BC, AB, ON, NB, NL, PE, NIHB, BC, ON, NIHB: ON and NIHB recommend a reduced dose of 150 mg once every two weeks for patients with neutropenia, thrombocytopenia, or with elevated liver enzymes. BC permits reduced dose of 150 mg once every two weeks
tocilizumab
IV: 4mg/kg/dose every 4 weeks followed by up to 8mg/kg/dose based on clinical response; up to 800 mg even for individuals > 100 kg
SC: < 100 kg — starting dose of 162 mg every other week, followed by an increase to weekly based on
clinical response; > 100 kg — 162 mg
weekly
BC, AB, ON, NB, NS, NL, PE, NIHB ON: The planned dosing regimen should be provided
NB, NS, NL, PE: Dose escalation not permitted
rituximab
2 courses — one course is two doses of 1,000 mg
BC, AB, ON, PE, NL, NIHB BC: Courses must be a minimum of 24 weeks apart
ON: Two courses will be approved each year (courses should
be at least 6 months apart, with second course being given only AFTER loss of effect as per the re-treatment guidelines ). Second course is not approved for “maintenance” therapy. For renewal, repeated courses are not approved for maintenance therapy.
AB: For coverage for an additional two-dose course of therapy, the patient must be assessed by an RA specialist after each course of therapy, between 16 weeks and 24 weeks after receiving the initial dose of each course of therapy, to determine response. Subsequent courses of therapy cannot be considered prior to 24 weeks elapsing from the initial dose of the previous course of therapy

AB = Alberta; BC = British Columbia; CSC = Correctional Services Canada; IV = Intravenous; NB = New Brunswick; NIHB = Non-Insured Health Benefits; NL = Newfoundland and Labrador; NS = Nova Scotia; ON = Ontario; PE = Prince Edward Island; RA = rheumatoid arthritis; SC = subcutaneous.
Note: Certolizumab pegol was not eligible for reimbursement by CSC, Veterans Affairs Canada, or the Canadian Armed Forces. Renflexis, an infliximab biosimilar, was not eligible for reimbursement by Yukon. Sarilumab was not eligible for reimbursement by NS, Yukon, and CSC. Truxima, a rituximab biosimilar, was only eligible for reimbursement by AB, ON, and Yukon.
Source: Canadian public drug plan formularies 8,20-36

Table 10: Supply Limits

Drugs Information on supply limits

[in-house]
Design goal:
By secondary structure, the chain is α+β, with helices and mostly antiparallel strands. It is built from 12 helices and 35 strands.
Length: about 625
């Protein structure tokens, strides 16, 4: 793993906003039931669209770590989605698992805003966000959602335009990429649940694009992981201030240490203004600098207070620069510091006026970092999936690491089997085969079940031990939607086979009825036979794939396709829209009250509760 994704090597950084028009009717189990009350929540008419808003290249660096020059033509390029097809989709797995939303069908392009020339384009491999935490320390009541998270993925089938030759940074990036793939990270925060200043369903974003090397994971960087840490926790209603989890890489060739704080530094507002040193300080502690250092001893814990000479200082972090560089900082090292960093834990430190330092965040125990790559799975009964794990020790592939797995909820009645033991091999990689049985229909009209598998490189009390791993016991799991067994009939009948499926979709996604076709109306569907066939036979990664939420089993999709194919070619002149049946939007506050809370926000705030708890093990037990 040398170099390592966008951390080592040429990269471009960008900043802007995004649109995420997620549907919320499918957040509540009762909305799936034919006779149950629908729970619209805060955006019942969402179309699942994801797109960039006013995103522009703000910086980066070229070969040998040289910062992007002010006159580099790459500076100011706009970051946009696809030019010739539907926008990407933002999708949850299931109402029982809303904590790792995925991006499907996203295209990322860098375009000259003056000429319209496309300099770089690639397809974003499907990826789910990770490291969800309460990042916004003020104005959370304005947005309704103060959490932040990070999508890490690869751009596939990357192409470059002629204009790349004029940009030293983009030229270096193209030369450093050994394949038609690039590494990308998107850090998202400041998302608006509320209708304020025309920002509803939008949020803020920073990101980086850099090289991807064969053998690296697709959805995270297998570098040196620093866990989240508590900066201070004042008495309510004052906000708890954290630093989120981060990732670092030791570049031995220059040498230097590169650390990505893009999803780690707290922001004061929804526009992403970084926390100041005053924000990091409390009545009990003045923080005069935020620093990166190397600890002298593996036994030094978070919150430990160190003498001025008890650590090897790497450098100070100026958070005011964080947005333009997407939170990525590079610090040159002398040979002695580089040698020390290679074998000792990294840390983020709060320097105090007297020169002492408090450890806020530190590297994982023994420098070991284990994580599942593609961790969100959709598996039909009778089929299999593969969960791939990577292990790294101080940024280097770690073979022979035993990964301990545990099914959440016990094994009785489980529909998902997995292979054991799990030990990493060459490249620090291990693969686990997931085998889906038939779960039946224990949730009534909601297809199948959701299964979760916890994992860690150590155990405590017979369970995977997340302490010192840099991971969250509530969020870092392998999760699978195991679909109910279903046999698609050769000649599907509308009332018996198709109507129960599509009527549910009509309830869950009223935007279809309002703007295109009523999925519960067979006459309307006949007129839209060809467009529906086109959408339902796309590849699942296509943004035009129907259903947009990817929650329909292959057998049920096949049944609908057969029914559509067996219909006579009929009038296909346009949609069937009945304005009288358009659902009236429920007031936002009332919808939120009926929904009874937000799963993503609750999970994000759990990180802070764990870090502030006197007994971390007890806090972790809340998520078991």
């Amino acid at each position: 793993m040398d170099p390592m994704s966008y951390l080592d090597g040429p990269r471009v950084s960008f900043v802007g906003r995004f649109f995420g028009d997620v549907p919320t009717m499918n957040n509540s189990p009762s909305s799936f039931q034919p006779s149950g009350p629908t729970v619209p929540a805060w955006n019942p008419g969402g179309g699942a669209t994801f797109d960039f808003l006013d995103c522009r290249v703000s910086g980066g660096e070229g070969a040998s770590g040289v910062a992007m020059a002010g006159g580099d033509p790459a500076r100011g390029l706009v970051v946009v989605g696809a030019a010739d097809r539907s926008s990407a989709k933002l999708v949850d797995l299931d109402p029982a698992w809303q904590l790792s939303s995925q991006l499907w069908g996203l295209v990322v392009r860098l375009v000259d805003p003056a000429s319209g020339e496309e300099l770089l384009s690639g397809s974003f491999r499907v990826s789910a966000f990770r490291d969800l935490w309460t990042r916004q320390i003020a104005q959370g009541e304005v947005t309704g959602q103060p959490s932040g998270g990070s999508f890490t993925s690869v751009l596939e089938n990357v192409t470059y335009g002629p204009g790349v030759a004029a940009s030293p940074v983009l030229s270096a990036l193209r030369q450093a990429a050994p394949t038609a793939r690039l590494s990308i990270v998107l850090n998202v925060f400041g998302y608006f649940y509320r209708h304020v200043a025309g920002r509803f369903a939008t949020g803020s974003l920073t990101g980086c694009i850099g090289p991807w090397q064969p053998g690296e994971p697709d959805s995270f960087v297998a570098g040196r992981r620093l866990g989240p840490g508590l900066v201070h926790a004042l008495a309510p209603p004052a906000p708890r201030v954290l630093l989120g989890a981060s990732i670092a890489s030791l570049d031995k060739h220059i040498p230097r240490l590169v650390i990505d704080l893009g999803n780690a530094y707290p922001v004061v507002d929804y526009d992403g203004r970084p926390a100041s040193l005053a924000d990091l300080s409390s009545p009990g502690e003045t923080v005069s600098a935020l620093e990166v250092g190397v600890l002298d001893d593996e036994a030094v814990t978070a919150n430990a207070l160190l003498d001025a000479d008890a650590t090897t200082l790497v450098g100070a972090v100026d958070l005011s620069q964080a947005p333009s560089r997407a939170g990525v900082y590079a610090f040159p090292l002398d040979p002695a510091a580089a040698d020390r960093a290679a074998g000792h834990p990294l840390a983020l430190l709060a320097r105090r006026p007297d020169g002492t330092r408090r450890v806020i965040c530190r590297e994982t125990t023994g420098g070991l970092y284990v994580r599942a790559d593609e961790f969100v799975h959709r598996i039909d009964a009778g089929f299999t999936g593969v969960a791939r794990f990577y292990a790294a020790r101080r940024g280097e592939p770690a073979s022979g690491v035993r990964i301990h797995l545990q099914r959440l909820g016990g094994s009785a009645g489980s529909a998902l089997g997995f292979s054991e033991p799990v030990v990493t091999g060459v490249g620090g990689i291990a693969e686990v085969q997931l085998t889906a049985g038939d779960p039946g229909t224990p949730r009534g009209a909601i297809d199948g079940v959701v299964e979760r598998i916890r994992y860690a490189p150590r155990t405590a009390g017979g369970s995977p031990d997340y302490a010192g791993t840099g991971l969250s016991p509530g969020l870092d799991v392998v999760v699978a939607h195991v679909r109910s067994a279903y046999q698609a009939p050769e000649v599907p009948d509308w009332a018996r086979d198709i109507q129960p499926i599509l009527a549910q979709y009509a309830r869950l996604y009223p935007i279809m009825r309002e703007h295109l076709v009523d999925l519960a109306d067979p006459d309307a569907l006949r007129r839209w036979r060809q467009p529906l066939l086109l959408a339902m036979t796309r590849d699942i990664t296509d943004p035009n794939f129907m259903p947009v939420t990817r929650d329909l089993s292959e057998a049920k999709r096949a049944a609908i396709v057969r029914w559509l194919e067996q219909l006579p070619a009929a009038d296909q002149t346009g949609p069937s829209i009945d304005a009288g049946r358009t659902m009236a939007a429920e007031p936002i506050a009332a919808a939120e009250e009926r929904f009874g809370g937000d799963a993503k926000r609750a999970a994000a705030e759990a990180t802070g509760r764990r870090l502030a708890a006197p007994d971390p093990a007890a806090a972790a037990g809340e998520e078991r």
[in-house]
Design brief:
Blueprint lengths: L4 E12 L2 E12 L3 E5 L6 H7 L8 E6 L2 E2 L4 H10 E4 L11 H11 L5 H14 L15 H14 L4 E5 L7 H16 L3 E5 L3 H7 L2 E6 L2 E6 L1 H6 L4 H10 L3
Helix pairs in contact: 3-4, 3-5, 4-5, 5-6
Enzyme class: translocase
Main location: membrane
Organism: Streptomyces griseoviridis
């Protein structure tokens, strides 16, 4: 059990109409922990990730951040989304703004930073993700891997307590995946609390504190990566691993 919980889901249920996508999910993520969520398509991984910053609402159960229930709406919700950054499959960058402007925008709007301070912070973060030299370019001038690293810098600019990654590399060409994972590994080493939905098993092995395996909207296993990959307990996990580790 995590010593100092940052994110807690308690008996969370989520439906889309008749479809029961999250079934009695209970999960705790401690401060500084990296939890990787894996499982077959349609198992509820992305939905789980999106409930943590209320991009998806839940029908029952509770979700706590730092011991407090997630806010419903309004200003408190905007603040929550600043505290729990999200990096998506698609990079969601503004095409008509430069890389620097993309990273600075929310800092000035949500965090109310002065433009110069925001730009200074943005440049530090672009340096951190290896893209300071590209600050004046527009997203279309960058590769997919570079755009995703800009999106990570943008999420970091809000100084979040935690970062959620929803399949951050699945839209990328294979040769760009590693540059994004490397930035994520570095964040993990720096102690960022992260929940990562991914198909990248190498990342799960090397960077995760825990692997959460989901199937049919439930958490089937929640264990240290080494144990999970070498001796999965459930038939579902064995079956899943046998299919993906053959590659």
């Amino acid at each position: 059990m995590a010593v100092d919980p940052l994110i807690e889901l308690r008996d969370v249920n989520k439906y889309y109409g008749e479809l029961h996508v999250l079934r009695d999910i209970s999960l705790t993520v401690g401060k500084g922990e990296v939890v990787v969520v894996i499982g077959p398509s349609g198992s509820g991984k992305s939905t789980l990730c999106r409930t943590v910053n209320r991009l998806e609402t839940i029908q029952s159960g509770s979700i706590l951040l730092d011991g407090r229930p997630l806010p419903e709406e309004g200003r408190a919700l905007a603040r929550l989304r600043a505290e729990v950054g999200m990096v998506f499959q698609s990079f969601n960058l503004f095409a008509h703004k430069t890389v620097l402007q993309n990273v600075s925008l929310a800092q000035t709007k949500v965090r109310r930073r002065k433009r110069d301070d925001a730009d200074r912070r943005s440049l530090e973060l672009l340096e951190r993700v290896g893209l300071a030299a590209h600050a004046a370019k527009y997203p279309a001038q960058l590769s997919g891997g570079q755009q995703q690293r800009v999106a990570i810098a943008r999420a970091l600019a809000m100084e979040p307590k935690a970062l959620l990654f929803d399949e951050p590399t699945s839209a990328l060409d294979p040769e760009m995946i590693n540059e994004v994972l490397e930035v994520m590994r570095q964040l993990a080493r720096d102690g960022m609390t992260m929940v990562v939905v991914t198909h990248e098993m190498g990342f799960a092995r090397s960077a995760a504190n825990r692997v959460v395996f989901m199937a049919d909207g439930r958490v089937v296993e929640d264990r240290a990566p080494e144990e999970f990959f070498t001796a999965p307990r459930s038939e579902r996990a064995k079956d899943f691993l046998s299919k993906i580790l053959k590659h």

abatacept BC: 28 days per prescription
AB: One dose of abatacept IV per prescription. One-month supply of abatacept SC injection per prescription
adalimumab and etanercept BC: 28 days per prescription
AB: One month per prescription
certolizumab pegol BC: 28 days per prescription
AB: One month per prescription.
YT: One dose per month for the first four months
golimumab BC: One month per prescription
AB: One month per prescription. If continued coverage criteria is met, 12 doses every 12 months
YT: One dose per month for the first four months
infliximab BC: 56 daysa per prescription
AB: One dose per prescription
sarilumab BC: 28 days per prescription
AB: One month per prescription
tocilizumab BC: 28 days per prescription for tocilizumab IV. Up to 56 days per prescription for tocilizumab SCb
AB: One dose of tocilizumab IV per prescription, and one-month supply of tocilizumab SC per
prescription
YT: One dose per month for the first four months
rituximab BC: One dose per prescription.
AB: One dose per prescription

AB = Alberta; BC = British Columbia; SC = subcutaneous; YT = Yukon.
a One infusion (dose) usually provides treatment for 56 days or less.
b When dosed at 14-day intervals.
Note: Certolizumab pegol was not eligible for reimbursement by Correctional Services Canada (CSC), Veterans Affairs Canada, Canadian Armed Forces. Renflexis, an infliximab biosimilar, was not eligible for reimbursement by YT. Sarilumab was not eligible for reimbursement by Nova Scotia, YT, and CSC. Truxima, a rituximab biosimilar, was only eligible for reimbursement by AB, Ontario, and YT.
Source: Canadian public drug plan formularies 20,25,26,32

e) Biosimilar Policies

Of the 14 publicly reimbursed drugs for patients with RA, five were biosimilars; there were two etanercept biosimilars (Brenzys, Erelzi), two infliximab biosimilars (Inflectra, Renflexis), and one rituximab biosimilar (Truxima).8, 20-36 Etanercept and infliximab biosimilars were reimbursed by all drug plans except VAC, where coverage is currently determined on a case-by-case basis. Although the rituximab biosimilar was reimbursed by Ontario, Alberta, and Yukon,8, 20-36 its coverage status may changes in the future, as this drug was recently approved by Health Canada (in December 2019); the pan-Canadian Pharmaceutical Alliance negotiation process concluded in February 2020.18,19